So is Google’s big advantage photos and videos, as Scoble suggests? I’ve seen lots of activity around images and video on Google+, which makes it very easy to share and comment. But I’ve also seen plenty of activity around that kind of content — in some cases much more — on Facebook, which is also pretty good at displaying photos and video. And when it comes to pure information delivery, about news events or items of interest, I agree with Scoble that Twitter is almost unparalleled, which is why I don’t think Facebook’s launch of a “subscribe” feature is likely to harm the service much. In my usage at least, Google+ hasn’t proven to be much of a competitor in that department either.

So what is Google+ offering that users can’t get on Facebook or Twitter? I can’t put my finger on anything, with the exception of search. Although it didn’t launch with search initially, Google added it to Google+ before it opened to the public, and it is a great way to find content — something notably lacking at both Facebook and Twitter. The latter still has a pretty terrible search experience, and users can’t find older tweets or context without using third-party services such as Topsy, or find trends and other activity easily. This is something Google is (not surprisingly) pretty good at.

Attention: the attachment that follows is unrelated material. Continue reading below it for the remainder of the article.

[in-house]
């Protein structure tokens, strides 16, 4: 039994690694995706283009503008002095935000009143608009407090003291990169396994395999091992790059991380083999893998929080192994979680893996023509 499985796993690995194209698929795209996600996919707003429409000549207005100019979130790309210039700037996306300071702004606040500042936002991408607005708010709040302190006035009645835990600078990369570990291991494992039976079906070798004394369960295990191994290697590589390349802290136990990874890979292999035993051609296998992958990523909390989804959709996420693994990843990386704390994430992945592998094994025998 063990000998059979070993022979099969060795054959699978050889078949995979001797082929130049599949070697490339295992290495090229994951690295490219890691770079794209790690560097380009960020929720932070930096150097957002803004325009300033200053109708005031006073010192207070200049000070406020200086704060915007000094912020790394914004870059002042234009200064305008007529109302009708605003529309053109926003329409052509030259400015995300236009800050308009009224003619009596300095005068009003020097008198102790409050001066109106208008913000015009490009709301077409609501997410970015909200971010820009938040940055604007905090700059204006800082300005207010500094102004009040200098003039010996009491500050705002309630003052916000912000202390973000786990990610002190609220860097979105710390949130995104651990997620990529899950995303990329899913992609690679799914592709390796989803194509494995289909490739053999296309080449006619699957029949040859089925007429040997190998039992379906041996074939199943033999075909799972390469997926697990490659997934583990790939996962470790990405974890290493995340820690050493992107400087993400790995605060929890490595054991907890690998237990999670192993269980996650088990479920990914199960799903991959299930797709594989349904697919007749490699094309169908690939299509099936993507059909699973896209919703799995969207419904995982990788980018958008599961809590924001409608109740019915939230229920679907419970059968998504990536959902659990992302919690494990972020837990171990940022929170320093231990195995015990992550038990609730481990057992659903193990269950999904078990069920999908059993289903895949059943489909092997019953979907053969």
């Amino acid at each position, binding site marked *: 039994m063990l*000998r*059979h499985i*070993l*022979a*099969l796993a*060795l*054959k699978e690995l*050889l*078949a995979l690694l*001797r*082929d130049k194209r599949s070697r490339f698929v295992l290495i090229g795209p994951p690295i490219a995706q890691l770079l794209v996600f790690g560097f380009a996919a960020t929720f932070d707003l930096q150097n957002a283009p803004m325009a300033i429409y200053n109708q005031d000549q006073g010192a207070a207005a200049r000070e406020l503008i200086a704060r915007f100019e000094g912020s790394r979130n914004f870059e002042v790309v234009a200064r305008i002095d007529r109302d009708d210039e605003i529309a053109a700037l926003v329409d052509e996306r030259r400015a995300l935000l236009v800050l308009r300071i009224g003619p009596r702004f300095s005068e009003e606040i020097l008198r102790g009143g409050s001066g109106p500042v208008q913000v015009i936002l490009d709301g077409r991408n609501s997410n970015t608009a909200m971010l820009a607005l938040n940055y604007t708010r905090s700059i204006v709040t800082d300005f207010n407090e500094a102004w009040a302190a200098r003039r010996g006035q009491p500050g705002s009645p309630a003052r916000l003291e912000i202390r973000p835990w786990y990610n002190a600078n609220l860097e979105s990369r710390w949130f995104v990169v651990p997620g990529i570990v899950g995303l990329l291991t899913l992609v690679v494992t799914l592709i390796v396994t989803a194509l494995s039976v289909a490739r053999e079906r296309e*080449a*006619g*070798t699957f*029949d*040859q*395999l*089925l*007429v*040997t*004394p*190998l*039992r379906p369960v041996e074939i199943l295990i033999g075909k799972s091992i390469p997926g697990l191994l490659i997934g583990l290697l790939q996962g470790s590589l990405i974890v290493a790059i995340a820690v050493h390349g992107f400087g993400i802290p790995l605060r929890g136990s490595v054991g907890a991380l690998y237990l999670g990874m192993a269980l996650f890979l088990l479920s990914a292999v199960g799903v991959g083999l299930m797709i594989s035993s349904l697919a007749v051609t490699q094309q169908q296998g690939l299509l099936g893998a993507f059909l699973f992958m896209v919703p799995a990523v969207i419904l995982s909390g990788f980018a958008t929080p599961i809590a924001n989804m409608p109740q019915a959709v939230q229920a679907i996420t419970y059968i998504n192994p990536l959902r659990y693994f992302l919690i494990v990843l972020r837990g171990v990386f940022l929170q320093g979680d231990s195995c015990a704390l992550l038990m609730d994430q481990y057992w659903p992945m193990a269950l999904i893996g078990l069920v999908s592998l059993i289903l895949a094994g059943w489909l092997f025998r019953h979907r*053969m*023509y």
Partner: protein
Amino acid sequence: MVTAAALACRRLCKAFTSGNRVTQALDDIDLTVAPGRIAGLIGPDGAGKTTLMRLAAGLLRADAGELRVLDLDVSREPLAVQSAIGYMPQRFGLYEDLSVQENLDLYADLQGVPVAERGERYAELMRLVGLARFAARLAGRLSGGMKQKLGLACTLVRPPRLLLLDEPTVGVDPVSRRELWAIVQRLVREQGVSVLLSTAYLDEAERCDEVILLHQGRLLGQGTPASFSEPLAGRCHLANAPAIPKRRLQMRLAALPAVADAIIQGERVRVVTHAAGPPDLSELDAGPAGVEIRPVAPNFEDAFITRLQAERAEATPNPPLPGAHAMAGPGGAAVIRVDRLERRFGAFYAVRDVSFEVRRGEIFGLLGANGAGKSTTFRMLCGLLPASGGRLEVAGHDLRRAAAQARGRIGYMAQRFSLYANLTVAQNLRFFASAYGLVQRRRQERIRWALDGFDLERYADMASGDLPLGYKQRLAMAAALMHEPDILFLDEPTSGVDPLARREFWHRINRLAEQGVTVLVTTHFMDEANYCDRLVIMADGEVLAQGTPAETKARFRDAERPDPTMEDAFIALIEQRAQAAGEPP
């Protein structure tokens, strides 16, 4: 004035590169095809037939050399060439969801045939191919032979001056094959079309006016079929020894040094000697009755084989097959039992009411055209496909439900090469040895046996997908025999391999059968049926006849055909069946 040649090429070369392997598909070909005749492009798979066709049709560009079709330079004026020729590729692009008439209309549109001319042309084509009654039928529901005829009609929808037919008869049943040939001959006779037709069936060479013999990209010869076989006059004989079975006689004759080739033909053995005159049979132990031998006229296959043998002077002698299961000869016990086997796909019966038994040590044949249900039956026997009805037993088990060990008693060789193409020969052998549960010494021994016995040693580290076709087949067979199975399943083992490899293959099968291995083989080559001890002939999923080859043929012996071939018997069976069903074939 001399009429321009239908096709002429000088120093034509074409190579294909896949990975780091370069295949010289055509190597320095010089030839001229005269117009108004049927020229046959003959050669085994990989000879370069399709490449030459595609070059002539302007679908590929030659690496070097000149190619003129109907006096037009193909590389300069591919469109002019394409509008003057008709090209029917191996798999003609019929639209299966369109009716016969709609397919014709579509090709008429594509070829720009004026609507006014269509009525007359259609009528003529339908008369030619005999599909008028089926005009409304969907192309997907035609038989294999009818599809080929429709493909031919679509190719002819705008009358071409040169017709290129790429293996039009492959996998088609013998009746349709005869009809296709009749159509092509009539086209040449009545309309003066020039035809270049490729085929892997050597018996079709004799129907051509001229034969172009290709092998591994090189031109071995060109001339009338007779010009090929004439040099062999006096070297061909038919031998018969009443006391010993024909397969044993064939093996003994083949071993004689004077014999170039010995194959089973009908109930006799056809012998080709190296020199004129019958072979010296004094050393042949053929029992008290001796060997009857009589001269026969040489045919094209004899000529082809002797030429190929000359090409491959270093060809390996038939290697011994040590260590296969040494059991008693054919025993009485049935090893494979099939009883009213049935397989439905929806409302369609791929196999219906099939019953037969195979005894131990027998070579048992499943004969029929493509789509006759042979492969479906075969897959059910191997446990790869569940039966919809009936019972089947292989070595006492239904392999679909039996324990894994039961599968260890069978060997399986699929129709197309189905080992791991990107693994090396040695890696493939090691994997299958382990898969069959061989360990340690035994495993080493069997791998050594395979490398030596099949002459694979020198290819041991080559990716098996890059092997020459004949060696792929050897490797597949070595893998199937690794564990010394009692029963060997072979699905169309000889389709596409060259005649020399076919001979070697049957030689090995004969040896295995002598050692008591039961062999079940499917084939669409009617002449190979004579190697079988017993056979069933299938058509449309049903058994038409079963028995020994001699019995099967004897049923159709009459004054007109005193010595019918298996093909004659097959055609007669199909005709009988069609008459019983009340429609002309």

That said, however, is good search enough to build a compelling service that hundreds of millions of users will feel they need to engage with on a daily basis? I’m not convinced.

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  1. Mathew, have you used G+ much besides using it as another pseudo-broadcasting platform? I think you’re missing what’s different about G+. That doesn’t mean it’ll succeed, of course, however it does offer a step beyond the old 20th century, mass media model. Progress, I hope…

    1. I have tried to use it, Jack — but I confess that like a lot of people, I am stretched pretty thin between Twitter and Facebook already.

    2. “I think you’re missing what’s different about G+.”

      Here’s the thing – if G+ solves a problem, it needs to make that apparent. If what’s different about G+ isn’t easily understandable then many of us are going to take it for a spin, not see a unique use for it over Twitter and Facebook or Linkedin and not use it. It’s not our job to spend a lot of time figuring out why G+ is valuable to us… it’s Google’s job to make that apparent.

  2. Simple Rule. If Scoble thinks it is a good thing, no one outside of Tech Geeks and ‘Social Media Gurus’ will agree. You can’t be more out of touch with with normal users than Scoble.

    1. The Scoble Anti-Effect!

  3. it is by Google. I already love Gmail, Android, Maps, Search, Picasa, Blogger… good to have a place for it all!